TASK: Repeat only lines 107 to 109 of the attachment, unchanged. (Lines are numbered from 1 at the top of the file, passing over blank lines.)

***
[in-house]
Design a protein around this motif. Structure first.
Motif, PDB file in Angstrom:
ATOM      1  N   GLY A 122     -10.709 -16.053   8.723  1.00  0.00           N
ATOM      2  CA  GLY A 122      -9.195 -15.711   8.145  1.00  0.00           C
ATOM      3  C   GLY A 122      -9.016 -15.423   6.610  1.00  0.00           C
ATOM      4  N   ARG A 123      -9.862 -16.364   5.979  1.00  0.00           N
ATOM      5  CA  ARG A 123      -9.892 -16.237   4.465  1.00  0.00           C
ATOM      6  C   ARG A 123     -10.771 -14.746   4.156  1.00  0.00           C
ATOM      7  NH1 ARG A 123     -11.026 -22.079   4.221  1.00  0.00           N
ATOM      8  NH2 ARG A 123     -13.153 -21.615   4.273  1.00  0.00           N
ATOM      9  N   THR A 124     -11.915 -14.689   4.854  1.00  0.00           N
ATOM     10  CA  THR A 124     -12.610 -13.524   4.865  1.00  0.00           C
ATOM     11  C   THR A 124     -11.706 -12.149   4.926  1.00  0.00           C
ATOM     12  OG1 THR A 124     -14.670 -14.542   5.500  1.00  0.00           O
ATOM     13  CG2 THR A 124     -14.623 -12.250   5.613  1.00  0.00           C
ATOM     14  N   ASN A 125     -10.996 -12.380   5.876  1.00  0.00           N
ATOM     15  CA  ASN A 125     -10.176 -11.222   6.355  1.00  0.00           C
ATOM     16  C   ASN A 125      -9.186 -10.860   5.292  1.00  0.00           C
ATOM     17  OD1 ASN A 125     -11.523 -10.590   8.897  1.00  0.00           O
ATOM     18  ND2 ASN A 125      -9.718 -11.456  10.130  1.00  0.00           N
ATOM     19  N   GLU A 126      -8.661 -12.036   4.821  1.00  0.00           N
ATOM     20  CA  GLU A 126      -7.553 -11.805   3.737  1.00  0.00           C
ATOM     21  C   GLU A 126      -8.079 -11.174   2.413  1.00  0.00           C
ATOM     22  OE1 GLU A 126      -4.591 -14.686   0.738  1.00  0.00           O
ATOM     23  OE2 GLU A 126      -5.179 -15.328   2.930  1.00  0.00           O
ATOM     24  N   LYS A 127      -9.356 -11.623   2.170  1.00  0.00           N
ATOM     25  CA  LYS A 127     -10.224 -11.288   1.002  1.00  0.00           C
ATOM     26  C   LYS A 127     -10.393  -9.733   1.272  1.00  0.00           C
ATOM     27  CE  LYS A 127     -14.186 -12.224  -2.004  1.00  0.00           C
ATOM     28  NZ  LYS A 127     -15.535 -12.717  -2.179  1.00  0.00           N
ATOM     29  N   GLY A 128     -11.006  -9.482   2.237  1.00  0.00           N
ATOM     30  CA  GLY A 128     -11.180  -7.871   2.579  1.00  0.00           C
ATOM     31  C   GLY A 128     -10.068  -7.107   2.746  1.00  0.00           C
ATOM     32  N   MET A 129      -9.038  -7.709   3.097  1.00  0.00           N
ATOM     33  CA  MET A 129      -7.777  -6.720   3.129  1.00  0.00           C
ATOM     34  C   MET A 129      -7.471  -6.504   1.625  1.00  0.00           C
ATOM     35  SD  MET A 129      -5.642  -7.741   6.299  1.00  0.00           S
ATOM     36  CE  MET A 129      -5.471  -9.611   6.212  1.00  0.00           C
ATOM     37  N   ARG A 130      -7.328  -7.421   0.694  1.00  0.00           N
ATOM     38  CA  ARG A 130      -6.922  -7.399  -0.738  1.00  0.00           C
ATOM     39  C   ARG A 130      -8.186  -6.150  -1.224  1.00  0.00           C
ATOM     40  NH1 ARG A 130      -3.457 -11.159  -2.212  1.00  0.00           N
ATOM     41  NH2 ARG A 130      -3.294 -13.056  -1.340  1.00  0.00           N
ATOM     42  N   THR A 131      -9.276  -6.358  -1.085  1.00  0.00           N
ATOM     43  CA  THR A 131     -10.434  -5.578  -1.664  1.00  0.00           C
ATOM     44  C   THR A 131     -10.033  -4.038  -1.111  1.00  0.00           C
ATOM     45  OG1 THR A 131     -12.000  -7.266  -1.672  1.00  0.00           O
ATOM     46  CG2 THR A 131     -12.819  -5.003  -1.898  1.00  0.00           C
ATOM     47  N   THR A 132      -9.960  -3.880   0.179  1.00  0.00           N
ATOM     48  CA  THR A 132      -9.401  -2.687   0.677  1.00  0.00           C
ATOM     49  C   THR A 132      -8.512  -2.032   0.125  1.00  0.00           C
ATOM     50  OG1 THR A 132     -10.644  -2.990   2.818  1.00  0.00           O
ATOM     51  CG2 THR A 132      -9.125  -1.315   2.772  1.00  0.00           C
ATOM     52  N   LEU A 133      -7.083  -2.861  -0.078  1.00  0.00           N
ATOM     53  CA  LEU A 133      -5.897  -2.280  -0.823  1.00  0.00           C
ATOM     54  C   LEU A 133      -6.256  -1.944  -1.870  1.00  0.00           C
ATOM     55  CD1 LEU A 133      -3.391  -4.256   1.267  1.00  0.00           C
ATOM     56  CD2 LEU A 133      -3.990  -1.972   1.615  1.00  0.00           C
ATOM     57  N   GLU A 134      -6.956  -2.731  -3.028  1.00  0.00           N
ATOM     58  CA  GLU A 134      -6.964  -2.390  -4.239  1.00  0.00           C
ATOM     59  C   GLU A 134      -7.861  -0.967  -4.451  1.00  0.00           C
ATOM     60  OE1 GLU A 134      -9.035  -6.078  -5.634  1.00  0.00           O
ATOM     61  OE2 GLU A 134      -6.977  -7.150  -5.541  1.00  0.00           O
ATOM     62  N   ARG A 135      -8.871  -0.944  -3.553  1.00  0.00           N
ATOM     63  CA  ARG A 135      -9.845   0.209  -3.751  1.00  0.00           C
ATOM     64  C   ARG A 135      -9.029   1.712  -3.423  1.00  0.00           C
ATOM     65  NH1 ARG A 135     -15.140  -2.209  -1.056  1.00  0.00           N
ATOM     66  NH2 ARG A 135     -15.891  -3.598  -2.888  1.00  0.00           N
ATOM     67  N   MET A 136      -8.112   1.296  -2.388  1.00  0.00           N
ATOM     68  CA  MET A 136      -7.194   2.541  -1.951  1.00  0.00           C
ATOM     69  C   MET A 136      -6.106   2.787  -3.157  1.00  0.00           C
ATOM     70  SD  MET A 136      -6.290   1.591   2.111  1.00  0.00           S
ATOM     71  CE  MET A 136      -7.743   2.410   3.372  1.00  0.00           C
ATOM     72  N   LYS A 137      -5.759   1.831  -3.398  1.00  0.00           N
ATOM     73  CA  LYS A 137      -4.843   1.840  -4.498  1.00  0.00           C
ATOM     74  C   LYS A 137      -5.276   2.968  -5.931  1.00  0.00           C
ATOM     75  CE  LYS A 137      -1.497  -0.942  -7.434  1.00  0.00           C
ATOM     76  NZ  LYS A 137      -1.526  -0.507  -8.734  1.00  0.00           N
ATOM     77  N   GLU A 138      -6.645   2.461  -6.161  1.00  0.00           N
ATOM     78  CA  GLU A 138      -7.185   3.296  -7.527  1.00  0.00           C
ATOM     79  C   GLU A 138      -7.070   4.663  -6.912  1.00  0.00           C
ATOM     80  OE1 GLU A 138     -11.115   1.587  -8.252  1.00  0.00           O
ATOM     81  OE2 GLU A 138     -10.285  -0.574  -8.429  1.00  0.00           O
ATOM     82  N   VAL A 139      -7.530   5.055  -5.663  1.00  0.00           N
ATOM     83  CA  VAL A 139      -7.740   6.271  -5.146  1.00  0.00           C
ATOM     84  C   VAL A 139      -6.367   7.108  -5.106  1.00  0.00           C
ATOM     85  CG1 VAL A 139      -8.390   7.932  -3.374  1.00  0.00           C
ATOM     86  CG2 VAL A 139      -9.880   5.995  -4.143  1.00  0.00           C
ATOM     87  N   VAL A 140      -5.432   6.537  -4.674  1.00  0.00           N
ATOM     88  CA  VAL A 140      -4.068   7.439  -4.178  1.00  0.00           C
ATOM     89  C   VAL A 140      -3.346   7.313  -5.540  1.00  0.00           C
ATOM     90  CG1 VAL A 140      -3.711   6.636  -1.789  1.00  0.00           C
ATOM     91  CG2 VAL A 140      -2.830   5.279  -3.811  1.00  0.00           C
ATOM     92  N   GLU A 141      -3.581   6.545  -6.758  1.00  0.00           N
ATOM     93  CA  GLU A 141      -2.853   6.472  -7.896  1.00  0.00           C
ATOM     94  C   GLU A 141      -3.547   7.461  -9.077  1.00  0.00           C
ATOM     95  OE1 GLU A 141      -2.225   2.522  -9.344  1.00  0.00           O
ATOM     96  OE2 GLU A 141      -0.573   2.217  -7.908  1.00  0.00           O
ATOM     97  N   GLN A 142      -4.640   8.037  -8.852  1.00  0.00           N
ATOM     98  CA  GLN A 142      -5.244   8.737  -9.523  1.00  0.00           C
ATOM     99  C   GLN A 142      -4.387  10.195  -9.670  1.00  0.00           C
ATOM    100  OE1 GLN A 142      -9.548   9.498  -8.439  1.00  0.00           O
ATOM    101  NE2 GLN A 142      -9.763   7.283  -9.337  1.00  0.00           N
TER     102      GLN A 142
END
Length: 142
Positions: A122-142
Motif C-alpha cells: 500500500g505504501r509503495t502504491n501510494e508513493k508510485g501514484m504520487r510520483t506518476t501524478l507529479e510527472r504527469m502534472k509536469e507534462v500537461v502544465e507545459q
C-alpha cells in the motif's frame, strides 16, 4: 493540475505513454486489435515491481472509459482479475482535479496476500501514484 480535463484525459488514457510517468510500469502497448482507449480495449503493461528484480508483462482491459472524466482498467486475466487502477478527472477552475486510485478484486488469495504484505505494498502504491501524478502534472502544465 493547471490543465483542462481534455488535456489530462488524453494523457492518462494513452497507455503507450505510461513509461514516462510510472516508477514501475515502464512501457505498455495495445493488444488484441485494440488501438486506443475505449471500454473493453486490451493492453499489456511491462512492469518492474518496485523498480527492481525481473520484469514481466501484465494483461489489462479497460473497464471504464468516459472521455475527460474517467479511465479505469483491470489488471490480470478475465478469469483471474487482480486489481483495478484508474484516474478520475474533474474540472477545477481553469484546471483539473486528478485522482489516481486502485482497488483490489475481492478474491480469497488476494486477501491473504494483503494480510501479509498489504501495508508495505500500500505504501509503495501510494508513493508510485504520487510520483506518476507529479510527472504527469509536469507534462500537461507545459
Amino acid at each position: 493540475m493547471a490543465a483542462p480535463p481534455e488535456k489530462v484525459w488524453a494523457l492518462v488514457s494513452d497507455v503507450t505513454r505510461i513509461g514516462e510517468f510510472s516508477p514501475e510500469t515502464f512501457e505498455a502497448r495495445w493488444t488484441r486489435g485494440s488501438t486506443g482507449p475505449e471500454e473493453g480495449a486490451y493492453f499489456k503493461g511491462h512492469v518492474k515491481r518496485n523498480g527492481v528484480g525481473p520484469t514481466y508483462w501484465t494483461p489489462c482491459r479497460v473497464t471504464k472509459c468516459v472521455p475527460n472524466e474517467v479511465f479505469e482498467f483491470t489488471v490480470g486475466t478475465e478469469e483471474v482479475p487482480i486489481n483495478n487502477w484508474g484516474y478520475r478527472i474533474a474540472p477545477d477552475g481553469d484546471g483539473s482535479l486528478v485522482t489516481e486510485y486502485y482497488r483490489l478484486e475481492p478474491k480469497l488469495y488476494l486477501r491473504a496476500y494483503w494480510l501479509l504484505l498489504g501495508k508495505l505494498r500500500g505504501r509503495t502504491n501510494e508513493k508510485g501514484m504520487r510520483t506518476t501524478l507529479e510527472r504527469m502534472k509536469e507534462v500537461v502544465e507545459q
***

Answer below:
Length: 142
Positions: A122-142
Motif C-alpha cells: 500500500g505504501r509503495t502504491n501510494e508513493k508510485g501514484m504520487r510520483t506518476t501524478l507529479e510527472r504527469m502534472k509536469e507534462v500537461v502544465e507545459q